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Screening Tools

Health professionals do not need to memorize how to appropriately screen for adolescent substance use through a narrative conversation. Instead, they can use one of the validated screening questionnaires below that are easy to administer, take little time to complete, and are effective at measuring where an adolescent lies on the spectrum of substance use. While these tools below do not diagnose patients, clinicians can use the result to determine the appropriate response and level of care.

Screening tools may be administered in a variety of formats and platforms, including face-to-face interview, self-administered via paper and pencil, or electronically.

CRAFFT

The CRAFFT (a mnemonic acronym of first letters of key words in the six screening questions) is a widely used screening tool developed by Center for Adolescent Substance Abuse Research (CeASAR) at Boston Children’s Hospital. The CRAFFT can be self-administered or delivered through a clinician interview. There are two versions currently available. The CRAFFT 2.0 asks adolescent patients about substance use in the past year, as well as associated consequences from use. This version is available in multiple languages. The CRAFFT 2.1 is identical to the CRAFFT 2.0 except for new language that includes vaping. Free to use with permission.

Access the CRAFFT 2.0 or 2.1 (Make sure links work)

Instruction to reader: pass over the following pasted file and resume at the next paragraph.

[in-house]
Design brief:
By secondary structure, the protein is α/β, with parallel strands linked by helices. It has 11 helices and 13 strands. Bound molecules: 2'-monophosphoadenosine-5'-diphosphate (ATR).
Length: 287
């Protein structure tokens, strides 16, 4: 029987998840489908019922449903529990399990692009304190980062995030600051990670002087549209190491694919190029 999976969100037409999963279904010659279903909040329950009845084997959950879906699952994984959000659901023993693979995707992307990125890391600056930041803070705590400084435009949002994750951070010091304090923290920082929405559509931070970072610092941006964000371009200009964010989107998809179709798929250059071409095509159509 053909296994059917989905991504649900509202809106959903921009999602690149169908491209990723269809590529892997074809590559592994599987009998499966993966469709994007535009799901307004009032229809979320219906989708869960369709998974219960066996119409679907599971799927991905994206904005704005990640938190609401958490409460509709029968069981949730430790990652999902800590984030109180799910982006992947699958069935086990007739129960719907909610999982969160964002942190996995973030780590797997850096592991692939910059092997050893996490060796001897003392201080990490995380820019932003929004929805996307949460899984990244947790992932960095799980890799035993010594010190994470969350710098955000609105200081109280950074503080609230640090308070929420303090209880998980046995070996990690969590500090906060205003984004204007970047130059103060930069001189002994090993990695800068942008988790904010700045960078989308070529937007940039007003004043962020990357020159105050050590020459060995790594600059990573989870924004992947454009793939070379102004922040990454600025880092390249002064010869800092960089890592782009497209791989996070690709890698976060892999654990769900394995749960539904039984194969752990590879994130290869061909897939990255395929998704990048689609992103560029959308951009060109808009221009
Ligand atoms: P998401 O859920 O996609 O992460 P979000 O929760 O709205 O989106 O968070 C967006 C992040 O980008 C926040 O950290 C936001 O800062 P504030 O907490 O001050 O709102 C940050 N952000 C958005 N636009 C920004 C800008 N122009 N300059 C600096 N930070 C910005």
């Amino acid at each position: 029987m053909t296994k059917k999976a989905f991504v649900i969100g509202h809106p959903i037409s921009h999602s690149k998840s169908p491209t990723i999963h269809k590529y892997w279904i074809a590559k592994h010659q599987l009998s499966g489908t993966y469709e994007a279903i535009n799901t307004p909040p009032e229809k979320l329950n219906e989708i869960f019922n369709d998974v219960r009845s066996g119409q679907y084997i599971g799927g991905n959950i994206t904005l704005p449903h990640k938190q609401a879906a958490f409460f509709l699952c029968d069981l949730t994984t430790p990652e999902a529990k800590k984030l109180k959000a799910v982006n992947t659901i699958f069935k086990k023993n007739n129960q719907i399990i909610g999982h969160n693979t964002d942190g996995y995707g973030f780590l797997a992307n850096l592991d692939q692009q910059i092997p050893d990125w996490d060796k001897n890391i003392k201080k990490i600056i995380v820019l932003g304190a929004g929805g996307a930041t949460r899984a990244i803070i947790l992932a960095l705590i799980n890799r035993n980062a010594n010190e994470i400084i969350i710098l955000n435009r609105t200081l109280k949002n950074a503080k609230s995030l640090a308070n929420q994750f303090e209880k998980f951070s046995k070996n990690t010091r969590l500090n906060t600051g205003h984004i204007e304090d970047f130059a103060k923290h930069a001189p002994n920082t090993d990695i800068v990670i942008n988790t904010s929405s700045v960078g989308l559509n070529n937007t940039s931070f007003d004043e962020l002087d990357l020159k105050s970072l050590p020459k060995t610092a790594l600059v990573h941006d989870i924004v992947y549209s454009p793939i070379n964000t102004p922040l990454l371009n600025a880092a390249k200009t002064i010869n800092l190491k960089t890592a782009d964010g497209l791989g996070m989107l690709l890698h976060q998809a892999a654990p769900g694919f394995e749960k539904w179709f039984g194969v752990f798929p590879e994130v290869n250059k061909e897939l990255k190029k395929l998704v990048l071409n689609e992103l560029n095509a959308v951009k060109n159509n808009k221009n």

Access the official guide to using the CRAFFT

S2BI

The S2BI (Screening to Brief Intervention) is a new tool developed at Boston Children’s Hospital with support from the National Institute on Drug Abuse. The S2BI asks about frequency of use concerning seven types of substances, which has been shown to correlate with the presence of a substance use disorder. The S2BI is frequently used in correlation with the CRAFFT questions. Free to use with permission.

Access the S2BI

Access the official guide to using the S2BI

BSTAD

The Brief Screener for Tobacco, Alcohol, and other Drugs (BSTAD) is a longer questionnaire that builds upon a brief screening instrument first developed by the National Institute on Alcohol Abuse and Alcoholism. The BSTAD asks questions about frequency of substance use during the past 30, 90, and 365 days. Questions are asked in an order that distinguishes between 12- to 14-year-olds and 15- to 17-year-olds. There is no need to score the instrument. Free to use with permission.

Access the BSTAD tool and validation study

CHISPA

The CHISPA (Cocaine, Heroin, IV drugs, Synthetic pot, Pot, Alcohol) is a new, longer screening tool developed at the University of New Mexico designed to inform a brief intervention with adolescents. It asks about substance use in the last three months, assesses readiness to quit or reduce use, and asks about past quit attempts. Free to use with permission.

Access the CHISPA
Read the CHISPA validation study